US Censorship Bill Gets Even Worse – Son of COICA Arrives: The PROTECT IP Act

I wish there were a few “lawmakers” out there who were more concerned about the freedoms of their constituents, instead of the copyright problems of their donors …

Lawmakers loyal to the entertainment industry have twice now tried (and failed) to pass COICA (or the Combating Online Infringements and Counterfeits Act), a new bill that would create a website blacklist and give the Department of Justice the ability to censor or shut down certain websites loosely deemed “dedicated to infringing activities.” After repeated failures, lawmakers have been cooking up a replacement for the bill dubbed the “Preventing Real Online Threats to Economic Creativity and Theft of Intellectual Property Act” or the…. PROTECT IP Act, which Techdirt notes is even worse than the original bill, broadening the ability to censor websites:

…rather than actually taking into account the concerns many had with COICA, this new bill is even more draconian, in that it has a private right of action. That is, beyond just letting the Justice Department declare that a site is “rogue” and then getting a court order that would require all sorts of third parties censor that site, this new law will also let rights holders take action. . .The bill claims it includes “safeguards,” but those “safeguards” are that after the court order has been issued and all the third party service providers (payment process, ad networks, ISPs, search engines) have been required to block service to the site, the site can “petition the court to suspend or vacate the order.”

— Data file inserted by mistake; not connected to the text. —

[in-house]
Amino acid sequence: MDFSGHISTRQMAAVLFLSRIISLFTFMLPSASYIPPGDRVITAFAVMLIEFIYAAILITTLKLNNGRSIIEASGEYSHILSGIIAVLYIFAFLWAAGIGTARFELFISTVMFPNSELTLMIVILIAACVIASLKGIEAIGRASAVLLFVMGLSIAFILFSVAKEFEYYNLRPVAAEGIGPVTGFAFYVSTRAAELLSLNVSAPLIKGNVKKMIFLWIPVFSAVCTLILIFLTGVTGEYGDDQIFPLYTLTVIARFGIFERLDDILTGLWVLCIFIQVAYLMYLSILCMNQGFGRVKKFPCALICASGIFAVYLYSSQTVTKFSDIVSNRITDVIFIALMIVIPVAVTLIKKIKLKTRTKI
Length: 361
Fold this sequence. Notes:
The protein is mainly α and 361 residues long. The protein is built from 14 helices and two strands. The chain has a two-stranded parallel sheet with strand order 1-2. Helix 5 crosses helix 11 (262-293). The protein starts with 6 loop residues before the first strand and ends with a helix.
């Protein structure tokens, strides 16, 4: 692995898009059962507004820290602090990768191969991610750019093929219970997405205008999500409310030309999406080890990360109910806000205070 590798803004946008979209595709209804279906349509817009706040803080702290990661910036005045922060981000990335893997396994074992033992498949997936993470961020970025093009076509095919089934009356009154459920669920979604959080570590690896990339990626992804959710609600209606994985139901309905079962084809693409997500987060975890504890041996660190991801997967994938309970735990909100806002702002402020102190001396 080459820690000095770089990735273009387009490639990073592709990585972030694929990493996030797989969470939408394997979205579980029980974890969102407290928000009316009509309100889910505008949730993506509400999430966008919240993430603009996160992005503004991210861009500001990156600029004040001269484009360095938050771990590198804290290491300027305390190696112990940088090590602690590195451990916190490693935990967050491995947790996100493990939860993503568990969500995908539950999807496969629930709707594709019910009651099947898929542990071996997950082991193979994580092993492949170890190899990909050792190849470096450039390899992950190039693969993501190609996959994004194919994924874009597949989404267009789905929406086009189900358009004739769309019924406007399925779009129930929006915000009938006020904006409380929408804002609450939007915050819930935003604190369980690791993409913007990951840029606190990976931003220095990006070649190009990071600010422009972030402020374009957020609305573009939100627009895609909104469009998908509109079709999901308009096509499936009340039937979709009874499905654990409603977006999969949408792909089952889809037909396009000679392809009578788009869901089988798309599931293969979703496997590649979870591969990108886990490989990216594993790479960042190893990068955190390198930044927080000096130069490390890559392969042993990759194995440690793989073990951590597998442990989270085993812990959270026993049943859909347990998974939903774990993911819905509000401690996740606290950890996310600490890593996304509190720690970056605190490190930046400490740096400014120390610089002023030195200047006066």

In short, with all the discussion by numerous legal scholars on how bad the original COICA was — efforts to revise the bill seem to have been based solely on the input of the entertainment industry. While the definition of what an “infringing site” seems to have loosened slightly, the companies targeted to help bring targeted websites down has broadened to include search engines — in the hopes of targeting replacement pop up domains. This is, in part, an effort to stop things like the recent Firefox extension that redirected users to the new domains of sites seized by DHS.
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